to Research Mining Claims
Date: Tue, 11 Aug 1998 10:36:25 -0700 PDT
Subject: [CA-GOLDRUSH] "Mining Claims, How to Research"
This special article is published to help our readers
conduct research into mining claims for themselves. First of all, when
researching mining claims, you practically need to do it in person. I would
strongly suggest that you also call in advance to the County Recorder to inquire
exactly what records they have available. There are six different volumes of
records which mining claims are recorded. The following is an outline:
- NOTICE OF LOCATION / MINING CLAIMS
If you can locate these books, then you have
literally struck it rich! But this is also a big "IF."
Some counties have retained these records, others have discarded them, and
then again, some have donated them to institutions. If you cannot find them,
ask the Recorder where they might be, and also if they have a storage area,
which many recorders do have. It could be in storage somewhere collecting
dust, and most Recorders may not even be aware of those records.
- What this book contains:
a. Notice of Location of Claims
b. Bill of Sales of Mining Claims
c. Consolidation of Mining Claims
d. Laws of the Mining District
e. Minutes of the Miners Meeting of the District
- MINING CLAIMS
This is the standard recorded volume of Mining Claims,
still in use today, and it also includes proof of labor notices. In certain
counties you may be confronted with two sets of volumes: one for Placer
claims; and the other for Quartz claims.
- WATER RIGHTS
You know that your ancestor had a mining claim, but you
cannot find it in the conventional Mining Claims book, cited above. Then,
you need to check Water Rights. In a number of cases, a Water Right &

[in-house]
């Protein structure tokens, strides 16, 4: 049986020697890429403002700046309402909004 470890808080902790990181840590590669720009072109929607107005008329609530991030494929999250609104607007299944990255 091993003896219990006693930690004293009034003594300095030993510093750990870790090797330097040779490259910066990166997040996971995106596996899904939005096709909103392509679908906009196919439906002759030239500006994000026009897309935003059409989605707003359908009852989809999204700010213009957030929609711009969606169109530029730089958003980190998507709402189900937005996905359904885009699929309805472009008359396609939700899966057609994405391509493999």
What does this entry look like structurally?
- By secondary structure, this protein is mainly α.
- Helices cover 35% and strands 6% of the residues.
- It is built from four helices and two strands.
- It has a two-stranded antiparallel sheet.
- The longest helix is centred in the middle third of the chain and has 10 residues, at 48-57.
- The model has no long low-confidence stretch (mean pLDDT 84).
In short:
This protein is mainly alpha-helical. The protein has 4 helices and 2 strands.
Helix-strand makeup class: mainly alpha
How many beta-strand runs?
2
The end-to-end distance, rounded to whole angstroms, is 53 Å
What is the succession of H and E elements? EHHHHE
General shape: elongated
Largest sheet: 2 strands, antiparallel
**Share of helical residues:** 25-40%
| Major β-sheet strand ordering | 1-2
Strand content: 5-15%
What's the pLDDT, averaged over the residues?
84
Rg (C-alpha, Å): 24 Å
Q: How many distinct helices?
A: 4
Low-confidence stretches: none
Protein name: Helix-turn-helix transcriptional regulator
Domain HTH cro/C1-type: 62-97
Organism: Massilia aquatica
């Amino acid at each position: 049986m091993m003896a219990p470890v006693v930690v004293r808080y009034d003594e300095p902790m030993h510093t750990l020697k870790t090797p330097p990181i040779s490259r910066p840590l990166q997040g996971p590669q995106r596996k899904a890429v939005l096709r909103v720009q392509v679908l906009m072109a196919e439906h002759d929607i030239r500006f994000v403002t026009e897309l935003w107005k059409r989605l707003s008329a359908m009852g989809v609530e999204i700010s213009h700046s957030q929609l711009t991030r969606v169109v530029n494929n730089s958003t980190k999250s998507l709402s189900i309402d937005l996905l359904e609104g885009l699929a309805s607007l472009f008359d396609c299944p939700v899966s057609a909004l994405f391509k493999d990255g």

Mining Claim were recorded as one, as Water Rights were being claimed to be
used in the mining operations.
- BILL OF SALES & AGREEMENTS
Numerous mining claims were sold, prior to having
obtained a patent to the property, and this is where you will find that
If you were lucky enough that your relation did quite
well with a mining claim, in due to course of time, then, that person would
have done the necessary work to obtain title to the property from the
government. Each county has a set of their own Patent books, as well as in
Sacramento (for California that is).
- GRANTOR / GRANTEE (DEEDS)
If your miner has successfully made it through the
Patent process, then all subsequent transactions are recorded in the Deed
Books for title purposes. If you are still having problems in locating a
Deed, check the old County Assessment Records, to see if the person actually
owned a Mining Claim, and if they did it should appear on the Tax Rolls.
There are other records you may want to examine at a
later date, such as Court records, because there was a lot of litigation
that occurred over boundary claims and water rights. Also, Articles of
Incorporation are a good source, as the early miners found it necessary to
incorporate in order to sell stock to develop their mines.
I hope this helps and good luck! Tim
Purdy, Susanville, CA.
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